International Year of Natural Fibres
The Food and Agriculture Organization of the United Nations (FAO) in Rome has declared 2009 the International Year of Natural Fibres. Such natural fibres as cotton, wool, silk, jute and flax are being promoted for their efficiency and sustainability, and to "contribute to a greener planet."
The objective of the International Year of Natural Fibres is to:
- raise awareness and stimulate demand for natural fibres;
promote the efficiency and sustainability of the natural fibres industries;
- encourage appropriate policy responses from governments to the problems faced by natural fibre industries;
- foster an effective and enduring international partnership among the various natural fibres industries.
Why should I be aware of this?
There has been a dramatic rise in the use of synthetic fibres since the 1960s, and natural fibres have been losing their market share. The International Year of Natural Fibres aims to raise the profile of these fibres and emphasize their value to consumers while helping to sustain the incomes of the farmers. Promoting measures to improve the efficiency and sustainability of production is also an important aspect of the Year.
Apart from being an important component of clothing, upholstery and other textiles for consumers, natural fibres also have industrial uses in packaging, papermaking and have many uses, including in the automobile sector. These are also an important source of income for the farmers.
All about International Year of Natural Fibres
Close to 30 million tonne of natural fibres are produced annually in the world, of which cotton is dominant with 20 million tonne, wool and jute each around 2 to 3 million tonne followed by a number of others.
In many developing and least developed countries proceeds from the sale and export of natural fibres contribute significantly to the income and food security of farmers and workers in the industry both nation wide and locally. For example, cotton in some west African countries, jute in Bangladesh and sisal in Tanzania are of major economic importance.
The use natural fibres to produce our clothes, carpets, cordage, paper, ships sails, and insulation and building materials goes back thousands of years. Hemp, which was cultivated in China in 2800 BC, is one of the oldest recorded uses of plant fibre for fabrics.
Technological revolution and the short term advantages of synthetics prompted the switch from natural fibres towards synthetic materials, mostly derived from petrochemicals.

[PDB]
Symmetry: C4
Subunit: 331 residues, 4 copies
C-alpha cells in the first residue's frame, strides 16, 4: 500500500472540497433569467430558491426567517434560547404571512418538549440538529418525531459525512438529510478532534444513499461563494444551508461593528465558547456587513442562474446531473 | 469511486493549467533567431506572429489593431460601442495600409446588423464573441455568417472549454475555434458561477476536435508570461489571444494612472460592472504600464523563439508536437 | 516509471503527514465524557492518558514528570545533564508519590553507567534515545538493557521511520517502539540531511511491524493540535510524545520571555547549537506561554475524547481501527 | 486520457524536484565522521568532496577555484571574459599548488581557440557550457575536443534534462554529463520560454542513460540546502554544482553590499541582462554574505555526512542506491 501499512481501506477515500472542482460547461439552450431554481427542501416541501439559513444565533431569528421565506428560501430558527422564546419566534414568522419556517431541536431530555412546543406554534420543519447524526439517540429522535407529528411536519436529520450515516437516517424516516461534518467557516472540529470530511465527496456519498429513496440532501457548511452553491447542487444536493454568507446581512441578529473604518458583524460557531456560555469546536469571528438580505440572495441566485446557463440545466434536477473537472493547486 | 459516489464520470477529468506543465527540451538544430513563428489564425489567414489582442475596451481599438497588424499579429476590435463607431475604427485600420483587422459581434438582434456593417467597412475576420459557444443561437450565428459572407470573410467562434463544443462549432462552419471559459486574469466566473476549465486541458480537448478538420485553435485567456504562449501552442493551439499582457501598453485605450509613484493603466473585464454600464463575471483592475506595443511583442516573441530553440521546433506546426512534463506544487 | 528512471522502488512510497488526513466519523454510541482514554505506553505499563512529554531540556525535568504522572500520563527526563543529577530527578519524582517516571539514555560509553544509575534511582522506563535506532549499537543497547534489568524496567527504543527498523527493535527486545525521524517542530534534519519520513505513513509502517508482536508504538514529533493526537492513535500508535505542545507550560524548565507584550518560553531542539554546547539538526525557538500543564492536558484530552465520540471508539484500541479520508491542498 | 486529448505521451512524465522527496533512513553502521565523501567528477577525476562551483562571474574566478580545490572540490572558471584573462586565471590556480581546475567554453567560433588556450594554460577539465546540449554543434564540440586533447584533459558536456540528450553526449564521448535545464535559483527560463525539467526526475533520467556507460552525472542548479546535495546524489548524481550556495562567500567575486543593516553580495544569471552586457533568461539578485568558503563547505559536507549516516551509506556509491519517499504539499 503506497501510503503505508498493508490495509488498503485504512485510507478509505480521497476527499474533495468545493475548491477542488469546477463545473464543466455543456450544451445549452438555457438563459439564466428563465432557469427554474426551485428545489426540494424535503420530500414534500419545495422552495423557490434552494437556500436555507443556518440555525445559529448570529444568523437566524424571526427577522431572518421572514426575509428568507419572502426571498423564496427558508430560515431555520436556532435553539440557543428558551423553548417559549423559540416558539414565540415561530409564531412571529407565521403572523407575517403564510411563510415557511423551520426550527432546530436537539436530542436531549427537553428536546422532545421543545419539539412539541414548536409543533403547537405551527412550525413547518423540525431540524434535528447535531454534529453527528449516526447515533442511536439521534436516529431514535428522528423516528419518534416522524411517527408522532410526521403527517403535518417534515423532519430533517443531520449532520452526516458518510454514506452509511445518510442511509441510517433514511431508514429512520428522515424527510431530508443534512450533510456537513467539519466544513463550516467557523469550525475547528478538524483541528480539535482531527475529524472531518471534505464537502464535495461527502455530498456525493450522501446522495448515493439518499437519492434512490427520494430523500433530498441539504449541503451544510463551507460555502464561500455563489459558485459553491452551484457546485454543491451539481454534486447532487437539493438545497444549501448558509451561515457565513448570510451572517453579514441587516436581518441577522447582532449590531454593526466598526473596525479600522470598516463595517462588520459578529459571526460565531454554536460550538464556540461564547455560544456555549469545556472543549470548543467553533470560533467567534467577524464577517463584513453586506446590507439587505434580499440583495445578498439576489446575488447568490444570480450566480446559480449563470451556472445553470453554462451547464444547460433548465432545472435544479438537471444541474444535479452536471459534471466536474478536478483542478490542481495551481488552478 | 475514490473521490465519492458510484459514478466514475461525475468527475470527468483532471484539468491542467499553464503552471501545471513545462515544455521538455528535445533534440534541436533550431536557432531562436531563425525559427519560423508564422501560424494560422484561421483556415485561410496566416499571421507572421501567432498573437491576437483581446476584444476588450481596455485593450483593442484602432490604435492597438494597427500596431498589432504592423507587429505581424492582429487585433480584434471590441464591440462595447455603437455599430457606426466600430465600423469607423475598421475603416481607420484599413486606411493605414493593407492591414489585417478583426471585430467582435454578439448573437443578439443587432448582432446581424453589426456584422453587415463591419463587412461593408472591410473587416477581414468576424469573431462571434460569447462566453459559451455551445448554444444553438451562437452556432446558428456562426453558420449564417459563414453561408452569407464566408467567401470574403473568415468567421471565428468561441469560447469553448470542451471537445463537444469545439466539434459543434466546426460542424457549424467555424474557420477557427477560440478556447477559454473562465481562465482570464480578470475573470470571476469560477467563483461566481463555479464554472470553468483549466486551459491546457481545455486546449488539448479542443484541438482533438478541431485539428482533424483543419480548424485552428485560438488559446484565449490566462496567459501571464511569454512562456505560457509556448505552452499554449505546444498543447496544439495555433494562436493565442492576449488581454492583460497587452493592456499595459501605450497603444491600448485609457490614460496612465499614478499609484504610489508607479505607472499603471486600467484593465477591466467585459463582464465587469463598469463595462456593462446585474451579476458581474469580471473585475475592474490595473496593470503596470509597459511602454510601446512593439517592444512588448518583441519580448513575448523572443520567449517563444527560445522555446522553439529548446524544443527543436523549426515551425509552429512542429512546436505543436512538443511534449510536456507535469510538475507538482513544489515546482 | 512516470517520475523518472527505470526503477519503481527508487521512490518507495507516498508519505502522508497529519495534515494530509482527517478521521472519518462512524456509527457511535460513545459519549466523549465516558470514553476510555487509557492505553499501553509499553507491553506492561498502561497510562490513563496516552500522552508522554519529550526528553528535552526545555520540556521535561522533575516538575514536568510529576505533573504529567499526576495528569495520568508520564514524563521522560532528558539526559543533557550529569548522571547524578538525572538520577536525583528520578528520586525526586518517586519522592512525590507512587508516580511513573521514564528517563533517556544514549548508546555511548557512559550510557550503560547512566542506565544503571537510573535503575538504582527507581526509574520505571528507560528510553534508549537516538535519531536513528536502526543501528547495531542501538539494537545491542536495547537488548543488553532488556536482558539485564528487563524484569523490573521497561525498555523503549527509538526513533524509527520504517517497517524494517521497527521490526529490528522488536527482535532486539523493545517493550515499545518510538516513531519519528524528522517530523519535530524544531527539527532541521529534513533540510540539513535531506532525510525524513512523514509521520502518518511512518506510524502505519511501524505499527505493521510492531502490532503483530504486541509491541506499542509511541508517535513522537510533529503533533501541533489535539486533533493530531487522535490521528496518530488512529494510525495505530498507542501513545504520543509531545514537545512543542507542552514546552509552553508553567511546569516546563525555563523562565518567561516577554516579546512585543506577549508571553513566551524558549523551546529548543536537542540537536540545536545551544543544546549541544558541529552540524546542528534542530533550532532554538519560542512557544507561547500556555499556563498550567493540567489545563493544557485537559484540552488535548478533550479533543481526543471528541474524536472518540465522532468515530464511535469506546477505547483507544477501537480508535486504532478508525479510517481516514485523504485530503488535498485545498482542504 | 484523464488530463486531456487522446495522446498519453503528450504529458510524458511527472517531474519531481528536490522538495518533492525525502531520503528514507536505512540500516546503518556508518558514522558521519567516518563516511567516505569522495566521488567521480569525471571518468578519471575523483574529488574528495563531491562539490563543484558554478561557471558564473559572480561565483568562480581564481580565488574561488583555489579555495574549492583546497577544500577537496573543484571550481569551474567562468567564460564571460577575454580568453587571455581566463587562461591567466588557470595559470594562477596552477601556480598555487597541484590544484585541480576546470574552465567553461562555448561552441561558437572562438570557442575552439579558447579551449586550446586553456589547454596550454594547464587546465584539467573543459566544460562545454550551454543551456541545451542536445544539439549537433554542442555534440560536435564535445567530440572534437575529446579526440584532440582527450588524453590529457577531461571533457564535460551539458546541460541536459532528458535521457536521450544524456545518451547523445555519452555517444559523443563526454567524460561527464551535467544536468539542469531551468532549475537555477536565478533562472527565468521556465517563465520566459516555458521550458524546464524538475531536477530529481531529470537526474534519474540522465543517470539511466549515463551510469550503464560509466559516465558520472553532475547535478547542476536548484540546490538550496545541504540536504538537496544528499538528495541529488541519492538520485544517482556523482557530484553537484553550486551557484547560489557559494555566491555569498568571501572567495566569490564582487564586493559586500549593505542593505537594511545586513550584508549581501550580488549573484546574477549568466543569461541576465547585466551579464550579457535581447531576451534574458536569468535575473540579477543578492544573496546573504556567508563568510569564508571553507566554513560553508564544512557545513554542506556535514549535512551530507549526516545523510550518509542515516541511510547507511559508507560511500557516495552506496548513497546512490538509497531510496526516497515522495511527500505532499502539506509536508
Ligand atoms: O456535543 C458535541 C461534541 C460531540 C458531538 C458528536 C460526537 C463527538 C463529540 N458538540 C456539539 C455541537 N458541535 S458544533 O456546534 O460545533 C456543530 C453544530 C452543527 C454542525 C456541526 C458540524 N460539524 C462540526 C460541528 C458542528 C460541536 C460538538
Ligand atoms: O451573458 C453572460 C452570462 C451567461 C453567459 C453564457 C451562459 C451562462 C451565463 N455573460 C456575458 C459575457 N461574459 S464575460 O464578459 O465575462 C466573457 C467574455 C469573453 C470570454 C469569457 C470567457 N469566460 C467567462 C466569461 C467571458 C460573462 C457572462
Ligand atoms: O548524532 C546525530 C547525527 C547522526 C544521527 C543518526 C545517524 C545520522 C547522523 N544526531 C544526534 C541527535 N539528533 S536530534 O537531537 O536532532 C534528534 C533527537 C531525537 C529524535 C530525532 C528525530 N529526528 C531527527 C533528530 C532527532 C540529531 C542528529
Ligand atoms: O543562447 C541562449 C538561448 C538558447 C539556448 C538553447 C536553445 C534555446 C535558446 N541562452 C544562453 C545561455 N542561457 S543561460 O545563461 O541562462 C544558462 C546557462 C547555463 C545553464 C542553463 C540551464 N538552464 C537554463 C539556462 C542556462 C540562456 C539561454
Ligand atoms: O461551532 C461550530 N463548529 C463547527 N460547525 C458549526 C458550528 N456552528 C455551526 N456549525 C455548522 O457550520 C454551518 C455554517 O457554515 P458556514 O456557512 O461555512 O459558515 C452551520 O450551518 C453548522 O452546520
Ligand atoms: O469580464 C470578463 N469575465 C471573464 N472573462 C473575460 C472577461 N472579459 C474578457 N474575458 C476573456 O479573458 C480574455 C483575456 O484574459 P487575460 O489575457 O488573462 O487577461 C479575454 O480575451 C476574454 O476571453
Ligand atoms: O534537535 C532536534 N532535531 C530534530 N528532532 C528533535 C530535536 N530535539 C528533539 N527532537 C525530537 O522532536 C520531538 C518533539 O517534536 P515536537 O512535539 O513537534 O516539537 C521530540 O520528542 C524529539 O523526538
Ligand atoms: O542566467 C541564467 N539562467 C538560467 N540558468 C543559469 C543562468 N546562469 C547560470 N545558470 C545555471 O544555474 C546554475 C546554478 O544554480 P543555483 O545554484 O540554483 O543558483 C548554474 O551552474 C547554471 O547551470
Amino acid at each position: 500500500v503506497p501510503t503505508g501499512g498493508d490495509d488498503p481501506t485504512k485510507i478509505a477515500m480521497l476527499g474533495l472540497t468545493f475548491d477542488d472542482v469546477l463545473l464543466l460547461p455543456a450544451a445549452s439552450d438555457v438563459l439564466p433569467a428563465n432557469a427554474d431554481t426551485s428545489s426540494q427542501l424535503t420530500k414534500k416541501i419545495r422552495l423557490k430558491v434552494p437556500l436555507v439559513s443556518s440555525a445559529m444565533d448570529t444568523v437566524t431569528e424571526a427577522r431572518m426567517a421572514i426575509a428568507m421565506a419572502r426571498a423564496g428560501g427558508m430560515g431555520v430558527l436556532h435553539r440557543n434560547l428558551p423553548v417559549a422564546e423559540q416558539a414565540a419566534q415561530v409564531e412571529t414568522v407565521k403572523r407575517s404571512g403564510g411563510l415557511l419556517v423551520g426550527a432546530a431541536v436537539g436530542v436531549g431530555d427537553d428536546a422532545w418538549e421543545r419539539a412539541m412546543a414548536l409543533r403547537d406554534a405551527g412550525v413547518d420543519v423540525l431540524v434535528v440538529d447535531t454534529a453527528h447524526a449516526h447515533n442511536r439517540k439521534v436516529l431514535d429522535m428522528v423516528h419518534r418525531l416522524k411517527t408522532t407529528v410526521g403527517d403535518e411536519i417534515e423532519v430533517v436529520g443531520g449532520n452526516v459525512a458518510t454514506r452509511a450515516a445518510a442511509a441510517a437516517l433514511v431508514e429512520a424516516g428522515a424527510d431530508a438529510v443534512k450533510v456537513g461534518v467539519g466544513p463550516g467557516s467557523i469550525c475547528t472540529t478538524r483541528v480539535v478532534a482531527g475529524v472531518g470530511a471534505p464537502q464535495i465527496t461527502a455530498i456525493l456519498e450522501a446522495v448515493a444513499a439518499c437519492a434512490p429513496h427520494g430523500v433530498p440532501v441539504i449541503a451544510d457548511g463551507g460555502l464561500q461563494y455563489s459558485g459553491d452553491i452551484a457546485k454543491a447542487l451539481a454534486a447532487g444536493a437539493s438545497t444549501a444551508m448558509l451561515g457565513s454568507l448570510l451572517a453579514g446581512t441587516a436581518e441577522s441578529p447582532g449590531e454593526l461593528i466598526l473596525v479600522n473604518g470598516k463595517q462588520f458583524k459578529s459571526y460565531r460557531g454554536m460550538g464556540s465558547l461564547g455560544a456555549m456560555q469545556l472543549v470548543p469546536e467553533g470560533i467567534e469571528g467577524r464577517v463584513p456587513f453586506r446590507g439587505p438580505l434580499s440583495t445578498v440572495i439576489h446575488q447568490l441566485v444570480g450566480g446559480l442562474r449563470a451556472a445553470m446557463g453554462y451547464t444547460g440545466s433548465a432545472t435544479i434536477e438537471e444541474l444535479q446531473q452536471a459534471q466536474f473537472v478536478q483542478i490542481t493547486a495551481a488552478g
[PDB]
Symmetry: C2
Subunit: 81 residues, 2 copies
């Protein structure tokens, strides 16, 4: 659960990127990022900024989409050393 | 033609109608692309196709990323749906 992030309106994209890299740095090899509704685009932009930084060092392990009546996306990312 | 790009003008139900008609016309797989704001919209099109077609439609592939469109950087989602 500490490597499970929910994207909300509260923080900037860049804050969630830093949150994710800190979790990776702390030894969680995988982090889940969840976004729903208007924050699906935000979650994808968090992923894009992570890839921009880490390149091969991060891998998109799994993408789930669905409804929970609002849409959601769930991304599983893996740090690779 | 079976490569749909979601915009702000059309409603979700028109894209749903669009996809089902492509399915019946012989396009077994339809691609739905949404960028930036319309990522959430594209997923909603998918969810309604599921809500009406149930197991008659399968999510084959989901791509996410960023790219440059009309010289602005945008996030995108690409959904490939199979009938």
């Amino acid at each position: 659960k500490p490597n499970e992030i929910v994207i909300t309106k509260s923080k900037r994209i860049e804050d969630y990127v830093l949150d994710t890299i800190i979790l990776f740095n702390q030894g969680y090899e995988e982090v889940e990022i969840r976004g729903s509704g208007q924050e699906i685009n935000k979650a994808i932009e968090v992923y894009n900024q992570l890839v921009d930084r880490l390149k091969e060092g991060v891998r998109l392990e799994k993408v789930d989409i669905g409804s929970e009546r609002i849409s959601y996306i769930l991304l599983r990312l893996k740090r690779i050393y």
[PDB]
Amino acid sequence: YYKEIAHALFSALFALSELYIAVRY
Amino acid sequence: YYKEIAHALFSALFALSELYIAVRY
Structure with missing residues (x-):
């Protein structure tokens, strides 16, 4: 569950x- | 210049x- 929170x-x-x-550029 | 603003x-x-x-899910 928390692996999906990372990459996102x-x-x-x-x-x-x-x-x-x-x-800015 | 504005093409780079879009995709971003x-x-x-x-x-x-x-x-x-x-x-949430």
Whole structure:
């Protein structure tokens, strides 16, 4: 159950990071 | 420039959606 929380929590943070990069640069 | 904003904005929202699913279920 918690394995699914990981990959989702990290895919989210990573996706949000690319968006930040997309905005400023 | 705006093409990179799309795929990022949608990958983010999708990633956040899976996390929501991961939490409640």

Now there is a growing movement away from petrochemical based fibres back to natural fibres, mainly because:
- Rising costs of petrochemical based fibre
- Synthetic fibres rely on precious non-renewable resources and incur environmental costs in their production.
- Petrochemical based products pose a health risk in most applications, both from direct exposure and also from secondary exposure through soil, water and air pollution.
Natural fibres are either extracted from plants from the leaf, the inner bark or fruit/seed crop, or from animal wool/hair, or insect cocoon or from mineral product. Plant sources of fibre include cotton, hemp, kenaf, ramie, sisal, flax, linen, lime, jute, seagrass, bamboo and abaca. Animal sources of fibre include sheep, alpaca, llama, goat, and camel, and can be either wool, hair or leather. Insect fibre is predominantly from silkworm cocoons.
Major natural fibres
- The world produces around 25 million tonnes of cotton annually with China, the United States, Pakistan, India, Uzbekistan, Turkey and Brazil being the major producers.
- FAO statistics show that almost 100 countries are involved in wool production in recent years, totaling 2.2 million tones annually.
- Production of jute fluctuates from year to year, depending on weather conditions and prices. In the present decade it has ranged from 2.3 to 2.8 million tonnes. India produces 60 percent of the world’s jute, with Bangladesh being the other major producer.
- Coir, the fibre from the husk of the coconut, is produced in a number of tropical countries,
- Silk production has gone up to 135 000 tonnes per annum in recent years. China is the main producer accounting for 70 percent of global production
- Hemp is a bast fibre similar to flax, kenaf, jute and ramie, used for textiles, cordage and fine paper products. The wood-like core fibre can be used for animal bedding, garden mulch, fuel and an assortment of building materials.
- Natural fibres are of major economic importance in the countries which produce them. Cotton is a major fibre in West African countries, jute in Bangladesh, and sisal is a major fibre in Tanzania.
- Fibre industries generate employment opportunities for millions of people and contribute to a greener planet.
- The fibres are environmentally friendly both in terms of production, and disposal. Therefore, promoting the use of natural fibres enhances the environment.